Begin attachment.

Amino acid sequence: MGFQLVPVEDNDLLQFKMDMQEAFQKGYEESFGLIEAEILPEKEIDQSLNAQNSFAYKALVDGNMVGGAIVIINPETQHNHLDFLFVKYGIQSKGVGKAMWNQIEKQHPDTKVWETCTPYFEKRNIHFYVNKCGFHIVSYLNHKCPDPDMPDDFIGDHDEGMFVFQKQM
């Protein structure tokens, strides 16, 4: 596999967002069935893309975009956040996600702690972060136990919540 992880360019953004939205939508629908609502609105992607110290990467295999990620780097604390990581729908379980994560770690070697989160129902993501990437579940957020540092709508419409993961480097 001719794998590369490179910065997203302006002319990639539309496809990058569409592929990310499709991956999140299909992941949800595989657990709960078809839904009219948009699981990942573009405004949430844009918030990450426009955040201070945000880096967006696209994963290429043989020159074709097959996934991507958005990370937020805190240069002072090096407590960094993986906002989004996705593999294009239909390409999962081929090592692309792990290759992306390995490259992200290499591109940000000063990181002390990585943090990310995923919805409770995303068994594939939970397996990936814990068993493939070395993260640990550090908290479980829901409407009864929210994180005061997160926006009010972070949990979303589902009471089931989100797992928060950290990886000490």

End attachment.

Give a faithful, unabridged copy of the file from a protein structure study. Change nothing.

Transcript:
Amino acid sequence: MGFQLVPVEDNDLLQFKMDMQEAFQKGYEESFGLIEAEILPEKEIDQSLNAQNSFAYKALVDGNMVGGAIVIINPETQHNHLDFLFVKYGIQSKGVGKAMWNQIEKQHPDTKVWETCTPYFEKRNIHFYVNKCGFHIVSYLNHKCPDPDMPDDFIGDHDEGMFVFQKQM
């Protein structure tokens, strides 16, 4: 596999967002069935893309975009956040996600702690972060136990919540 992880360019953004939205939508629908609502609105992607110290990467295999990620780097604390990581729908379980994560770690070697989160129902993501990437579940957020540092709508419409993961480097 001719794998590369490179910065997203302006002319990639539309496809990058569409592929990310499709991956999140299909992941949800595989657990709960078809839904009219948009699981990942573009405004949430844009918030990450426009955040201070945000880096967006696209994963290429043989020159074709097959996934991507958005990370937020805190240069002072090096407590960094993986906002989004996705593999294009239909390409999962081929090592692309792990290759992306390995490259992200290499591109940000000063990181002390990585943090990310995923919805409770995303068994594939939970397996990936814990068993493939070395993260640990550090908290479980829901409407009864929210994180005061997160926006009010972070949990979303589902009471089931989100797992928060950290990886000490």